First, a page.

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Lucie Wedgwood Health Centre Good

Reports


Review carried out on 20 December 2019

During an annual regulatory review

We reviewed the information available to us about Lucie Wedgwood Health Centre on 20 December 2019. We did not find evidence of significant changes to the quality of service being provided since the last inspection. As a result, we decided not to inspect the surgery at this time. We will continue to monitor this information about this service throughout the year and may inspect the surgery when we see evidence of potential changes.

Inspection carried out on 24 May 2017

During an inspection to make sure that the improvements required had been made

Letter from the Chief Inspector of General Practice

We previously carried out an announced comprehensive inspection at Lucie Wedgwood Health Centre on 27 September 2016. The overall rating for the practice was Good with requires improvement in providing safe services. The full comprehensive report from the 27 September 2016 inspection can be found by selecting the ‘all reports’ link for Lucie Wedgwood Health centre on our website at www.cqc.org.uk.

This inspection was an announced focused inspection carried out on 24 May 2017 to confirm that the practice had carried out their plan to meet the legal requirements in relation to the breaches in regulations that we identified in our previous inspection on 27 September 2016. This report covers our findings in relation to those requirements and also additional improvements made since our last inspection.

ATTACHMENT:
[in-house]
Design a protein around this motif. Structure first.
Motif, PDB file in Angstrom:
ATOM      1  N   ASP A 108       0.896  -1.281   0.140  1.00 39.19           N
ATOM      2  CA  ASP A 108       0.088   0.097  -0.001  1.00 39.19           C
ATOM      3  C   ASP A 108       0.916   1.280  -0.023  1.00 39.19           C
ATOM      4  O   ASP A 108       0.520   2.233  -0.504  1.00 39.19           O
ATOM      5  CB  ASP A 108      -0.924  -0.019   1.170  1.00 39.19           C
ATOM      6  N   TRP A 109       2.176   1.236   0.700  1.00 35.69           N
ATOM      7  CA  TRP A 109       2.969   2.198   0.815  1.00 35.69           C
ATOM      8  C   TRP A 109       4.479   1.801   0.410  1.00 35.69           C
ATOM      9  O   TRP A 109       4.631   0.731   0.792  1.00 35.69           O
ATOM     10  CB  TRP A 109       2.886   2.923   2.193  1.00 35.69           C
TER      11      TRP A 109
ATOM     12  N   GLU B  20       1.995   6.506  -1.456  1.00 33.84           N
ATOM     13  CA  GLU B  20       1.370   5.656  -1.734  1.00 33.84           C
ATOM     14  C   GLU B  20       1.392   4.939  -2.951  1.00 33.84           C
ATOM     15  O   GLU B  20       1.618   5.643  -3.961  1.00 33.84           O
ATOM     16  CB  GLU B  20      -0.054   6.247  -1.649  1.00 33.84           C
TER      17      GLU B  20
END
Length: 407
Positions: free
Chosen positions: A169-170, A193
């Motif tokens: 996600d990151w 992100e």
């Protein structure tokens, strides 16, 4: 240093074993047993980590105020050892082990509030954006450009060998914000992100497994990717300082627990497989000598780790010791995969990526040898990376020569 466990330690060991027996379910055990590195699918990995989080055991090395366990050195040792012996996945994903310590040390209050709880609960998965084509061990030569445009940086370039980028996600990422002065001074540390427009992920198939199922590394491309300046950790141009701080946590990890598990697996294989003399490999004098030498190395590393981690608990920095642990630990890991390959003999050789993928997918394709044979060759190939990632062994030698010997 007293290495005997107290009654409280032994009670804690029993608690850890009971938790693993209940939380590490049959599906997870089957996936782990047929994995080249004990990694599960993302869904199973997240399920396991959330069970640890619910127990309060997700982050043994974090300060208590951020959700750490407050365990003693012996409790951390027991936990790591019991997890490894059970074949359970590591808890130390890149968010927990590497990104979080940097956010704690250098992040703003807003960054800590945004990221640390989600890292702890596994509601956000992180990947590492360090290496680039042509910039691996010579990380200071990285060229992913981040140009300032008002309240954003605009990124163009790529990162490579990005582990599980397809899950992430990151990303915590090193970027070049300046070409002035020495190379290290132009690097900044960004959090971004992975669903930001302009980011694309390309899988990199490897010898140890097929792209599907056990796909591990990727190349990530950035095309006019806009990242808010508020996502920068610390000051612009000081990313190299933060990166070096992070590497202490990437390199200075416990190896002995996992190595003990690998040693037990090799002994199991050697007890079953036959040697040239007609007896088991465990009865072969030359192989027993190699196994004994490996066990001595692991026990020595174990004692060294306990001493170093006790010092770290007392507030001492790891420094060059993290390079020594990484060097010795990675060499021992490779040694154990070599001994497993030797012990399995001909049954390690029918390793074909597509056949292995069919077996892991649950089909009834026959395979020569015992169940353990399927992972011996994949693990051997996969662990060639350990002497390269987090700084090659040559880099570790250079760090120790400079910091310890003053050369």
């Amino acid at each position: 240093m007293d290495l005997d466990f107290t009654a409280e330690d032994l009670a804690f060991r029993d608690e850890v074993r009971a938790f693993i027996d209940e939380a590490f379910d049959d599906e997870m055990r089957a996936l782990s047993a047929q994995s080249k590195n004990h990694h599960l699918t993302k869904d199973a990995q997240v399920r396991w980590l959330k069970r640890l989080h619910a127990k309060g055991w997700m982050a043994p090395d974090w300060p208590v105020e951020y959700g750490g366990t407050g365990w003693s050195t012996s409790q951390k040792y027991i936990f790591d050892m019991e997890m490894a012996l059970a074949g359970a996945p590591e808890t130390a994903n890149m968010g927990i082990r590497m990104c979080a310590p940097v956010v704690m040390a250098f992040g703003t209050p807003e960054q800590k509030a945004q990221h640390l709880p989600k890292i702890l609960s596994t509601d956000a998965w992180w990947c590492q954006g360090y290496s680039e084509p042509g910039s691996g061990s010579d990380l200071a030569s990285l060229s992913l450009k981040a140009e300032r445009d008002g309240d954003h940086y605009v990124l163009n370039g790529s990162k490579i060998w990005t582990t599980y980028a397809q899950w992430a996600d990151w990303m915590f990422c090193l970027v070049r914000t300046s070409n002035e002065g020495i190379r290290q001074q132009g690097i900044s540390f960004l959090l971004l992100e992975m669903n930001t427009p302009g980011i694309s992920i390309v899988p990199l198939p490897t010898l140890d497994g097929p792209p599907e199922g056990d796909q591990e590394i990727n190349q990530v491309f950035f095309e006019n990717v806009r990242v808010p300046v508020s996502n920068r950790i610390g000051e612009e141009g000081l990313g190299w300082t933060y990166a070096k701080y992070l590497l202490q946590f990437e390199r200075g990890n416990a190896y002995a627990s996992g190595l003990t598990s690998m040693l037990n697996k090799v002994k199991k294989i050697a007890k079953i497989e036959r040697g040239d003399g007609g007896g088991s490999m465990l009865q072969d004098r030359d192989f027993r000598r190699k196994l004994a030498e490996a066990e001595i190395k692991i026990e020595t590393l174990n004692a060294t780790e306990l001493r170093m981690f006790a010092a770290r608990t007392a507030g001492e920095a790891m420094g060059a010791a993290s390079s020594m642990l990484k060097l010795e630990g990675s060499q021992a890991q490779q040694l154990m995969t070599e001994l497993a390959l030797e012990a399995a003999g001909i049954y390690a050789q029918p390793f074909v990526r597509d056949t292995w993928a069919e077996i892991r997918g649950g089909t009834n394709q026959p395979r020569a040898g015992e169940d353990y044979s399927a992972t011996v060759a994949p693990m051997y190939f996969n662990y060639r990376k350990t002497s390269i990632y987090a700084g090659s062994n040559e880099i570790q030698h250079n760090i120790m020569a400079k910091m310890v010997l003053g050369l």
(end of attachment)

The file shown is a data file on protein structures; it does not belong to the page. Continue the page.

Overall the practice is rated as Good.

Our key findings were as follows:

  • There was an effective system to ensure that patients who took medicines had a review by an appropriate clinician and consideration was given to the monitoring for side effects.

  • There was a system for obtaining satisfactory information about any physical or mental health condition that staff members may have which are relevant to the role they undertook.

  • The practice had recorded the action taken in response to all medicines and equipment alerts issued by external agencies.

  • The practice had reviewed the oxygen therapy equipment in use to ensure it could be easily deployed within the practice as required.

  • The practice had reviewed the method of storing and moving emergency medicines within the practice. The provider had obtained appropriate emergency medicine to treat possible complications associated with the insertion of specific intrauterine contraceptive devices.

We also saw the following best practice recommendations we previously made in relation to providing effective and responsive services had been actioned:

  • Discussions and actions taken about changes in clinical practice, for example national guidance, were now recorded during clinical meetings held.

  • Patients were advised of the escalation process should they not be happy with the outcome of their written complaint.

However, there was still one area of practice where the provider could make improvements.

The provider should:

  • Ensure the complaints procedure is readily accessible to patients.

Professor Steve Field (CBE FRCP FFPH FRCGP) 

Chief Inspector of General Practice

Inspection carried out on 27/09/2016

During a routine inspection

Letter from the Chief Inspector of General Practice